Despite all these clear overtures, Israel’s extremist, jingoistic government… has refused to play ball and finally find a way to coexist... If Israel and Egypt fail to find a way to live nonviolently with Hamas, history will continue to repeat itself, each time more tragically than the preceding time. And Gaza will become not only the graveyard of innocent civilians, but also the burial ground for the prospects for peace for generations to come.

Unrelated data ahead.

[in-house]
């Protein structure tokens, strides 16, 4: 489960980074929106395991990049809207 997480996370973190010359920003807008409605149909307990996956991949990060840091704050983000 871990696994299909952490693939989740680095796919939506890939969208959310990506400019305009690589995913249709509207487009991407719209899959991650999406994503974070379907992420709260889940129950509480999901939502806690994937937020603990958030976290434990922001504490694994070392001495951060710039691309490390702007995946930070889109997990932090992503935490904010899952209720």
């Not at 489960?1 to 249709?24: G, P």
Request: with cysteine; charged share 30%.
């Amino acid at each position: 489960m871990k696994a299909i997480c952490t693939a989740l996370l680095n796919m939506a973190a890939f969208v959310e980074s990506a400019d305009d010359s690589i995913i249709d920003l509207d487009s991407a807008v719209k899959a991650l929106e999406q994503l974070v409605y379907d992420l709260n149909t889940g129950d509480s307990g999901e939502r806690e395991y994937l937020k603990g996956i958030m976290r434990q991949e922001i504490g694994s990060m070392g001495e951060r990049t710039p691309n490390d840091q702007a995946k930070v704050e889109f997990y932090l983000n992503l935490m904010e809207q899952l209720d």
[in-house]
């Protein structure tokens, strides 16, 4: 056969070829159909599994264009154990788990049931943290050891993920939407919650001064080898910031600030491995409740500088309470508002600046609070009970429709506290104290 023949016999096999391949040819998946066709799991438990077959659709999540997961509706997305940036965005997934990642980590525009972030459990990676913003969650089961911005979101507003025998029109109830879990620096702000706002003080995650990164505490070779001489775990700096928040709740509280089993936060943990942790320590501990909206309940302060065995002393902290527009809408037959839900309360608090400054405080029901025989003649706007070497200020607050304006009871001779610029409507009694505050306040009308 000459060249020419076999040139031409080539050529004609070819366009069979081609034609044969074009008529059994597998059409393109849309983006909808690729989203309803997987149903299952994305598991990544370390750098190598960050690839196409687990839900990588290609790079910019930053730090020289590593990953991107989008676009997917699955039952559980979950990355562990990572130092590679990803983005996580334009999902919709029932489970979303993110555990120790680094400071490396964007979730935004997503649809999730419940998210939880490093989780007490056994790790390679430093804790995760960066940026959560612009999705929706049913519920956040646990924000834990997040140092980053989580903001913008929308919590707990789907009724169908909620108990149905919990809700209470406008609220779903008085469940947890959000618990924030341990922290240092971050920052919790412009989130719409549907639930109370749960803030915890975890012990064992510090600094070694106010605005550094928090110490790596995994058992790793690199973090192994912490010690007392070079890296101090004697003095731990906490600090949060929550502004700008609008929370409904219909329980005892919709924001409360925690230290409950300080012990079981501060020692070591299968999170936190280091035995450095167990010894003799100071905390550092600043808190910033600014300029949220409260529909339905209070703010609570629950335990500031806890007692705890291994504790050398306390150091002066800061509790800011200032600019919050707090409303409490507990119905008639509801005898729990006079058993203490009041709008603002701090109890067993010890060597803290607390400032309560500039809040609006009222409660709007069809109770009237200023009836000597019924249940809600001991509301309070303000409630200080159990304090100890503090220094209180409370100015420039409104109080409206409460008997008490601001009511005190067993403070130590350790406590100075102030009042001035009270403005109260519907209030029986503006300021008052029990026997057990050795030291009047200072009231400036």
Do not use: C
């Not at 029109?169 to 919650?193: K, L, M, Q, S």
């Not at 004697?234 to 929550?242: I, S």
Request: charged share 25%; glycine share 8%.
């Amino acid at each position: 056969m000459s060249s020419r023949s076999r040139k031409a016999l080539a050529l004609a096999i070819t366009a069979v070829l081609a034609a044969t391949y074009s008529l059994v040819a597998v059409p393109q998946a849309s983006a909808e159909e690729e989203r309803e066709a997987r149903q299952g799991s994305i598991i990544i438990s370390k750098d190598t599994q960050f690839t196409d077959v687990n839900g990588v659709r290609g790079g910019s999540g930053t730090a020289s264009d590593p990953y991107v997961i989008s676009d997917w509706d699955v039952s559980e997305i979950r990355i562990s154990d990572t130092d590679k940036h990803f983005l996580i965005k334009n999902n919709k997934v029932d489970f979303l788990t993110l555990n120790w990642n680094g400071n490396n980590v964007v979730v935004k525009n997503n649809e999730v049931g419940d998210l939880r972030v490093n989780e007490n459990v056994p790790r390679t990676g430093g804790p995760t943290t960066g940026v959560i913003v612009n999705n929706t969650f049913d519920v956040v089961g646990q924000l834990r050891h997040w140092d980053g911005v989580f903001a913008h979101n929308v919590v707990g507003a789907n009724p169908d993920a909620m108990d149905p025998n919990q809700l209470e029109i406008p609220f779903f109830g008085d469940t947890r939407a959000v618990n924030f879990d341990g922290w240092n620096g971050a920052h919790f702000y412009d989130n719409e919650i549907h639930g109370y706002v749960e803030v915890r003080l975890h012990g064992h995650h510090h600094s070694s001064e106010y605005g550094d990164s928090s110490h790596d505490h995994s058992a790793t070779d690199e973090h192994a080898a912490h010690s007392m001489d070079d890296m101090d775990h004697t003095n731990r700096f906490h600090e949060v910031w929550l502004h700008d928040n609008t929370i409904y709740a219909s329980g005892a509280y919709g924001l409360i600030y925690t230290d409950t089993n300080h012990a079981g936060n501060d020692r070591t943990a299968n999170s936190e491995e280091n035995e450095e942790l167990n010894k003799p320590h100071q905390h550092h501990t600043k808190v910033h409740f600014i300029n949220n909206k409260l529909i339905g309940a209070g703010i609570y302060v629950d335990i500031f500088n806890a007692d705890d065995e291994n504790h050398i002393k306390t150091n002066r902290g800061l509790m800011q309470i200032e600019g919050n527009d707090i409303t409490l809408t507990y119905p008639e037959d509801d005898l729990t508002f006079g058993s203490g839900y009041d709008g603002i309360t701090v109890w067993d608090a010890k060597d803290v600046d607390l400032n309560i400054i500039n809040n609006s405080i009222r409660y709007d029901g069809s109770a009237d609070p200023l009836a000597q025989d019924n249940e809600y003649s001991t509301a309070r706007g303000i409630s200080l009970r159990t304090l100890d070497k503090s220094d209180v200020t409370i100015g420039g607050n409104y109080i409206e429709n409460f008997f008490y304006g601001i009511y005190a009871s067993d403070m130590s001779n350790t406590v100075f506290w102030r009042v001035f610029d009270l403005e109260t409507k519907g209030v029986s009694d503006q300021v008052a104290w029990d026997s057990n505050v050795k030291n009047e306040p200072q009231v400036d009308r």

From the mistaken narrative that we will work only with designated ‘white hats’ against ‘black hats,’ that rhetoric of democracy applies only to those governments we can control, we foment or enable war after war—in Iran, South America, Africa, and now in Israel-Egypt-Gaza. Such a policy buries any prospect for peace, and the hypocrisy of it all loses us many a war.